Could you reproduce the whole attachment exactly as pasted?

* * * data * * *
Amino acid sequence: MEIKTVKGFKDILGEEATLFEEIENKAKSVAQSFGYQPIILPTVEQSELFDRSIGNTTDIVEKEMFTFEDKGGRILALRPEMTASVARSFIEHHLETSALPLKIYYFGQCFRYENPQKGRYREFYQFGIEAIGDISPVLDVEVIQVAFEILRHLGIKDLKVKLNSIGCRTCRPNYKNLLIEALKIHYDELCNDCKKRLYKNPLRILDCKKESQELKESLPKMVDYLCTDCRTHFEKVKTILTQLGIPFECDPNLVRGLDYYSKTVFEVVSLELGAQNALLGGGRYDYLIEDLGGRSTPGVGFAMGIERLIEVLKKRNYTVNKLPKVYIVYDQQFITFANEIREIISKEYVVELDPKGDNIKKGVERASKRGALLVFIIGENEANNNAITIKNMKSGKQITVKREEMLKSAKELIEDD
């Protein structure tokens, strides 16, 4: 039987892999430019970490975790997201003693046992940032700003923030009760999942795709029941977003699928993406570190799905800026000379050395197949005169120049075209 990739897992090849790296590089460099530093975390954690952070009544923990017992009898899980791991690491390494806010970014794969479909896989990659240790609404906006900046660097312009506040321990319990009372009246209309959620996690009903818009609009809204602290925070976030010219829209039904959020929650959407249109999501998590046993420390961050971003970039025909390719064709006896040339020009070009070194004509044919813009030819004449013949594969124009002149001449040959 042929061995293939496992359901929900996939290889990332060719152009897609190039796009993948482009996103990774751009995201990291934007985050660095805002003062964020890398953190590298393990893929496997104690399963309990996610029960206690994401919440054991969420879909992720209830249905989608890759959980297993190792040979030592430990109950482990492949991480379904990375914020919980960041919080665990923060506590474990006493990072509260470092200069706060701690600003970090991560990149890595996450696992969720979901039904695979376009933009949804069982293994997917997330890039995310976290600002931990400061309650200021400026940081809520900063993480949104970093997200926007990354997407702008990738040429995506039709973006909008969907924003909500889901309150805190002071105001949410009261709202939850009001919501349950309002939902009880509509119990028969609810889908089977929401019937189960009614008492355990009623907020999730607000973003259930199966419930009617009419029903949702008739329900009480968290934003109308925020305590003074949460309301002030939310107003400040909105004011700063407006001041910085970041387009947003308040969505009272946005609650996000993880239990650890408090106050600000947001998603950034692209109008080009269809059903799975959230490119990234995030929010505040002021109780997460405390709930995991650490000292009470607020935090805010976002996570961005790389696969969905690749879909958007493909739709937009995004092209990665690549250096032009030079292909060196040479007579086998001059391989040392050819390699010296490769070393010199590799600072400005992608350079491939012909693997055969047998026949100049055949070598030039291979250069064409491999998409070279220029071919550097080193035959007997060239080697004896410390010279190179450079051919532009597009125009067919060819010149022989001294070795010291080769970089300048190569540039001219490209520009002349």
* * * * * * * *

Amino acid sequence: MEIKTVKGFKDILGEEATLFEEIENKAKSVAQSFGYQPIILPTVEQSELFDRSIGNTTDIVEKEMFTFEDKGGRILALRPEMTASVARSFIEHHLETSALPLKIYYFGQCFRYENPQKGRYREFYQFGIEAIGDISPVLDVEVIQVAFEILRHLGIKDLKVKLNSIGCRTCRPNYKNLLIEALKIHYDELCNDCKKRLYKNPLRILDCKKESQELKESLPKMVDYLCTDCRTHFEKVKTILTQLGIPFECDPNLVRGLDYYSKTVFEVVSLELGAQNALLGGGRYDYLIEDLGGRSTPGVGFAMGIERLIEVLKKRNYTVNKLPKVYIVYDQQFITFANEIREIISKEYVVELDPKGDNIKKGVERASKRGALLVFIIGENEANNNAITIKNMKSGKQITVKREEMLKSAKELIEDD
């Protein structure tokens, strides 16, 4: 039987892999430019970490975790997201003693046992940032700003923030009760999942795709029941977003699928993406570190799905800026000379050395197949005169120049075209 990739897992090849790296590089460099530093975390954690952070009544923990017992009898899980791991690491390494806010970014794969479909896989990659240790609404906006900046660097312009506040321990319990009372009246209309959620996690009903818009609009809204602290925070976030010219829209039904959020929650959407249109999501998590046993420390961050971003970039025909390719064709006896040339020009070009070194004509044919813009030819004449013949594969124009002149001449040959 042929061995293939496992359901929900996939290889990332060719152009897609190039796009993948482009996103990774751009995201990291934007985050660095805002003062964020890398953190590298393990893929496997104690399963309990996610029960206690994401919440054991969420879909992720209830249905989608890759959980297993190792040979030592430990109950482990492949991480379904990375914020919980960041919080665990923060506590474990006493990072509260470092200069706060701690600003970090991560990149890595996450696992969720979901039904695979376009933009949804069982293994997917997330890039995310976290600002931990400061309650200021400026940081809520900063993480949104970093997200926007990354997407702008990738040429995506039709973006909008969907924003909500889901309150805190002071105001949410009261709202939850009001919501349950309002939902009880509509119990028969609810889908089977929401019937189960009614008492355990009623907020999730607000973003259930199966419930009617009419029903949702008739329900009480968290934003109308925020305590003074949460309301002030939310107003400040909105004011700063407006001041910085970041387009947003308040969505009272946005609650996000993880239990650890408090106050600000947001998603950034692209109008080009269809059903799975959230490119990234995030929010505040002021109780997460405390709930995991650490000292009470607020935090805010976002996570961005790389696969969905690749879909958007493909739709937009995004092209990665690549250096032009030079292909060196040479007579086998001059391989040392050819390699010296490769070393010199590799600072400005992608350079491939012909693997055969047998026949100049055949070598030039291979250069064409491999998409070279220029071919550097080193035959007997060239080697004896410390010279190179450079051919532009597009125009067919060819010149022989001294070795010291080769970089300048190569540039001219490209520009002349």